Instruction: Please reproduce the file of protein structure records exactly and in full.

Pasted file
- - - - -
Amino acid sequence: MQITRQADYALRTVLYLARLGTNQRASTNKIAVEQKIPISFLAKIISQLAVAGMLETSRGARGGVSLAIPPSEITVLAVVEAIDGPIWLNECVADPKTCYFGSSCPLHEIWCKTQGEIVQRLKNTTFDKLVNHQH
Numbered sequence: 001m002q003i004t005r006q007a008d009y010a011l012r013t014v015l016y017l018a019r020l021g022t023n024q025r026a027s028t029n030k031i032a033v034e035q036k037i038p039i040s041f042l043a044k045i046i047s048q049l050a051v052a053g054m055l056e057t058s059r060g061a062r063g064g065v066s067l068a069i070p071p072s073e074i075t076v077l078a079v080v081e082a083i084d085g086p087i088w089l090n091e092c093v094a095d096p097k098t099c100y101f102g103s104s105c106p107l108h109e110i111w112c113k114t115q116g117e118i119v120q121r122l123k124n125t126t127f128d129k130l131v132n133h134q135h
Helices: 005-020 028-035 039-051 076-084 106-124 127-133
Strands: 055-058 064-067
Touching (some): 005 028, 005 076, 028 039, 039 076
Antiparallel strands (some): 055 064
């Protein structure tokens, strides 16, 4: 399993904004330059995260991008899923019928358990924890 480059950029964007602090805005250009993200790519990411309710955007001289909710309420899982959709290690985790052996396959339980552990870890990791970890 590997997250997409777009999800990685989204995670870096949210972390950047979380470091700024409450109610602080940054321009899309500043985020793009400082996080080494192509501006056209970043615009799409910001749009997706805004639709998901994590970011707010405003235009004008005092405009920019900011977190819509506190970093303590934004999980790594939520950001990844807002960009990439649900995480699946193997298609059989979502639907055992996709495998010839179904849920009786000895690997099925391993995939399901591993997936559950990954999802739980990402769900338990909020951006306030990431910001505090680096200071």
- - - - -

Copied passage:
Amino acid sequence: MQITRQADYALRTVLYLARLGTNQRASTNKIAVEQKIPISFLAKIISQLAVAGMLETSRGARGGVSLAIPPSEITVLAVVEAIDGPIWLNECVADPKTCYFGSSCPLHEIWCKTQGEIVQRLKNTTFDKLVNHQH
Numbered sequence: 001m002q003i004t005r006q007a008d009y010a011l012r013t014v015l016y017l018a019r020l021g022t023n024q025r026a027s028t029n030k031i032a033v034e035q036k037i038p039i040s041f042l043a044k045i046i047s048q049l050a051v052a053g054m055l056e057t058s059r060g061a062r063g064g065v066s067l068a069i070p071p072s073e074i075t076v077l078a079v080v081e082a083i084d085g086p087i088w089l090n091e092c093v094a095d096p097k098t099c100y101f102g103s104s105c106p107l108h109e110i111w112c113k114t115q116g117e118i119v120q121r122l123k124n125t126t127f128d129k130l131v132n133h134q135h
Helices: 005-020 028-035 039-051 076-084 106-124 127-133
Strands: 055-058 064-067
Touching (some): 005 028, 005 076, 028 039, 039 076
Antiparallel strands (some): 055 064
């Protein structure tokens, strides 16, 4: 399993904004330059995260991008899923019928358990924890 480059950029964007602090805005250009993200790519990411309710955007001289909710309420899982959709290690985790052996396959339980552990870890990791970890 590997997250997409777009999800990685989204995670870096949210972390950047979380470091700024409450109610602080940054321009899309500043985020793009400082996080080494192509501006056209970043615009799409910001749009997706805004639709998901994590970011707010405003235009004008005092405009920019900011977190819509506190970093303590934004999980790594939520950001990844807002960009990439649900995480699946193997298609059989979502639907055992996709495998010839179904849920009786000895690997099925391993995939399901591993997936559950990954999802739980990402769900338990909020951006306030990431910001505090680096200071």